Nearly everyday, a new article pops up on the news about police brutality. Some cop shot and killed an unarmed man. Cops kill again. Everyday people die at the hands of cops, but is it always the cops fault and do cops go out to kill specific races of people? I do not think so, but as seen in new campaigns such as #blacklivesmatter, many people believe otherwise. Not all cops are bad, but there are a few that aid in drawing a bad reputation towards law enforcement. Although there are some instances in which cops use excessive force, not all cases involve excessive force or cop killings based on race. That is just what is seen in the news. Unlawful acts draw a larger crowd to news sources, ultimately bring more money and higher ratings to that source.
As I looked for data on police involved killings, it was difficult to find a source that was not over the top biased. Many of the first options that pop up when you google “police brutality” send you straight to #blacklivesmatter websites. I am not saying that black lives do not matter, but their data obviously stated that police kill more black people than white people. According to Mint Press News, that is technically incorrect. Up until September 2015, police had killed 385 white people which is nearly half of the 776 people killed by police. Although there were technically more white people killed, black people are about two times more likely to be killed than white people or Hispanics based on the percentage of each race in the entire population of the United States.
In the news, the police deaths that are continually top headlines all over the country continually emphasize police killing black people. If I can think back to every story I heard in the last year about police killings that blasted through Facebook or top news outlets, I would say most, if not all, were about police killings of black people. Based on how many times I read these stories compared to similar stories with a different race, I would think that police kill black people much more than two times as much as people of other races. According to Daniel Kahneman, I have fallen to an availability bias. Availability bias is judging frequency by the ease with which instances come to mind. I can think of at least 5 police related killings of black people to maybe one police shooting involving a white person. That makes black people five times more likely to be killed by police, but in reality it only about two times more likely.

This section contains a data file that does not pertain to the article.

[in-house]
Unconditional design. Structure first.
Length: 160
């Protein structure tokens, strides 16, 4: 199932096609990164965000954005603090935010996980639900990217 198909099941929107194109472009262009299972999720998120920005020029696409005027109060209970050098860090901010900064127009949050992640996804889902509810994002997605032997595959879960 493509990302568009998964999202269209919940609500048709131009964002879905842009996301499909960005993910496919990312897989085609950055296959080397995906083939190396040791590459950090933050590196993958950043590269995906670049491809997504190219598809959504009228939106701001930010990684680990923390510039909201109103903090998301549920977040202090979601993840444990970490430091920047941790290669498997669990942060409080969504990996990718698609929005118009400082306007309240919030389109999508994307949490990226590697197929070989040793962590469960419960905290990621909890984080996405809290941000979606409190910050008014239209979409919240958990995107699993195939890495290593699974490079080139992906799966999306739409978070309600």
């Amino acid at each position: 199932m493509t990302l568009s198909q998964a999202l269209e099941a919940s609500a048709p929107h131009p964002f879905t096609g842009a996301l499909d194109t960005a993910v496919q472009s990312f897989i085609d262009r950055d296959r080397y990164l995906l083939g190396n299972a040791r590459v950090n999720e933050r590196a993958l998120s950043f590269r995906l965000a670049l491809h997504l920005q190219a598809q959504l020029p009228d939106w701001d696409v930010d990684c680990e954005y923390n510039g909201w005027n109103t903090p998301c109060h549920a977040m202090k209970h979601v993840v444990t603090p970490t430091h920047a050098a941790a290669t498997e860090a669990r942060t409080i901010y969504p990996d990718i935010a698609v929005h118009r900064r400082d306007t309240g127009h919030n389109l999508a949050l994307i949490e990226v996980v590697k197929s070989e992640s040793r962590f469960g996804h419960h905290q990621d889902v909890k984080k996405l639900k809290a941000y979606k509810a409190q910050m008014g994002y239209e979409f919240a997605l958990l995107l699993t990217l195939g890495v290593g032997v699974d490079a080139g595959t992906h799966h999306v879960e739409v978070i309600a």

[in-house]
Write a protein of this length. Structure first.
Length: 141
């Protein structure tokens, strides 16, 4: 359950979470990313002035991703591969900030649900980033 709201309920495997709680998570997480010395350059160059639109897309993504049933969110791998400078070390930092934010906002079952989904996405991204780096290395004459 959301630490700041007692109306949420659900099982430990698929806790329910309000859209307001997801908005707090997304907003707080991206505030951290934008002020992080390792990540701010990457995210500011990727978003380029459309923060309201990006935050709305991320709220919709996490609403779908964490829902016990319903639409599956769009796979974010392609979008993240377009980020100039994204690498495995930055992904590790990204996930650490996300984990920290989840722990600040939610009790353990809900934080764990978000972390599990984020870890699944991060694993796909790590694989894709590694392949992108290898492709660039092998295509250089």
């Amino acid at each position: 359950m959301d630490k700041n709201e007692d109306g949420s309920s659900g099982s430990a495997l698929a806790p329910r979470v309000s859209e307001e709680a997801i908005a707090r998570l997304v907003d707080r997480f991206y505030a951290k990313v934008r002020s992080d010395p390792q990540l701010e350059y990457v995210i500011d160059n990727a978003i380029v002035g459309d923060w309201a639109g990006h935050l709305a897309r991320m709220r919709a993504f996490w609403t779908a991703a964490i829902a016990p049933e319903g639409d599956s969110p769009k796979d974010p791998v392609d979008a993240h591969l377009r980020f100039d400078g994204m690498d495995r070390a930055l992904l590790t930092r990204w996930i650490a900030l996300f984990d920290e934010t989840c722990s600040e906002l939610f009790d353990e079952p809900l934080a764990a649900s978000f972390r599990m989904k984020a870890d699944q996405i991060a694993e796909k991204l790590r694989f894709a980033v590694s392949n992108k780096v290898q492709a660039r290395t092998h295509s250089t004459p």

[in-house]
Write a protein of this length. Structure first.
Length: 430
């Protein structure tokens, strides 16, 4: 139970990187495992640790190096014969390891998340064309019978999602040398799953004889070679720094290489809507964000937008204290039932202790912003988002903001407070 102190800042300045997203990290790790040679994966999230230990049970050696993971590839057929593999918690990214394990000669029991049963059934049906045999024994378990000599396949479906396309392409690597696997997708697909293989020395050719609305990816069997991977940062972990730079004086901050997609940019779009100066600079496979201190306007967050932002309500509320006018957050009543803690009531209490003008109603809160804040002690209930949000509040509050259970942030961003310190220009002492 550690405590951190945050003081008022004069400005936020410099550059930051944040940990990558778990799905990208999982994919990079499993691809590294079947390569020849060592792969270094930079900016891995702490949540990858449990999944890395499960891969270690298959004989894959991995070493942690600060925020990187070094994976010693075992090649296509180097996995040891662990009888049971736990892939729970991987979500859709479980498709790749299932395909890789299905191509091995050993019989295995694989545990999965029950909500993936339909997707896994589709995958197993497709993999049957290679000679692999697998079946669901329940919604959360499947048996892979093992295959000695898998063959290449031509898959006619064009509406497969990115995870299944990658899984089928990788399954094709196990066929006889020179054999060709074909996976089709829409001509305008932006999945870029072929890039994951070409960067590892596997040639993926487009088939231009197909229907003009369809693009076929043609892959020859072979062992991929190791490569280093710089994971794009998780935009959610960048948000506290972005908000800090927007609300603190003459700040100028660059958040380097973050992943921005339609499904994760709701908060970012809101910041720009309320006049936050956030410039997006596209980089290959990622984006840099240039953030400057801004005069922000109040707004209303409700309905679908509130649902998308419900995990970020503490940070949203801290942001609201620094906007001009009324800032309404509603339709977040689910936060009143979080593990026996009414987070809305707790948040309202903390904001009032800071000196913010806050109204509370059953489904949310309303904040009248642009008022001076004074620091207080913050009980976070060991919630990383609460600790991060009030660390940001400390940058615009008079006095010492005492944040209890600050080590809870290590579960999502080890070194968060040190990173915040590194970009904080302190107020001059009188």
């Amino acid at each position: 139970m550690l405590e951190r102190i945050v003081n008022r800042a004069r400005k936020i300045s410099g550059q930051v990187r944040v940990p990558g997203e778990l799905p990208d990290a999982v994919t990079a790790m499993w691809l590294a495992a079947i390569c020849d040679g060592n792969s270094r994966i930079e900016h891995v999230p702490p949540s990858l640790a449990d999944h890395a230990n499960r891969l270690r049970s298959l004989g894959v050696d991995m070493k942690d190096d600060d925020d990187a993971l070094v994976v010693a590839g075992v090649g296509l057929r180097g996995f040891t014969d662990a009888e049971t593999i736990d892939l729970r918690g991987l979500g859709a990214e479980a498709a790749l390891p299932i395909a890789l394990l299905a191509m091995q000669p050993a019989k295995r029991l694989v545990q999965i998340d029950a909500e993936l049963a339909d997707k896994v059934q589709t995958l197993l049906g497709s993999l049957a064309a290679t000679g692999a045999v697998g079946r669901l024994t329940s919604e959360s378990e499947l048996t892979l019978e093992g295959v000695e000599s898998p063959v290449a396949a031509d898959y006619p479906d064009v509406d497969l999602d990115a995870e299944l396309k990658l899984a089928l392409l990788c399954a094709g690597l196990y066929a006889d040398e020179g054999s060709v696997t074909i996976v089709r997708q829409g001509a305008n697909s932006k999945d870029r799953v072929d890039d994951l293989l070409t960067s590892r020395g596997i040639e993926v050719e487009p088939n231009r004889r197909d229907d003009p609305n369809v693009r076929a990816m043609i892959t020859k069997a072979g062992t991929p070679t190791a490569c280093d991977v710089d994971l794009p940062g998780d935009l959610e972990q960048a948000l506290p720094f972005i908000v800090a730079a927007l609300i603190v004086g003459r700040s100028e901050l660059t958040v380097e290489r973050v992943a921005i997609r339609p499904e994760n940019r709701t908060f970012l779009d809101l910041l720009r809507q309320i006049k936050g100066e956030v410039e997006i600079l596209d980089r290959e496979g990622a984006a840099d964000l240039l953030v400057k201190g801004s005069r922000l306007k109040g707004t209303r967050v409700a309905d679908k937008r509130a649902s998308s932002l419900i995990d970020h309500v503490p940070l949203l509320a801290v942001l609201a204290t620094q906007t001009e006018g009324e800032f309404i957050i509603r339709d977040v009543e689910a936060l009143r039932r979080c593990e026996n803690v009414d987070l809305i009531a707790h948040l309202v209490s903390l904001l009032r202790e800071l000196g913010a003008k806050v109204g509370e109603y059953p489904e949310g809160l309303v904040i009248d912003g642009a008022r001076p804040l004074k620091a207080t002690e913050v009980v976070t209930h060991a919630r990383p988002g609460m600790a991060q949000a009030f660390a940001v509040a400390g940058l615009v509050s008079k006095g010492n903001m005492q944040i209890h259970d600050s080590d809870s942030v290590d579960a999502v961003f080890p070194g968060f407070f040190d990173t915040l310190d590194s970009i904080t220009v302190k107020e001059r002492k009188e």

Although it is obviously an issue that black people are two times more likely to be killed by police than other races, everything heard on the news must be cross checked with available data so we do not fall under the availability bias. The news puts out stories that will people will listen to, that they can get more viewers off of, and stories they can get more money off of. They do not necessarily put out news stories that show the whole story. All lives matter. Excessive police brutality should be diminished for everyone.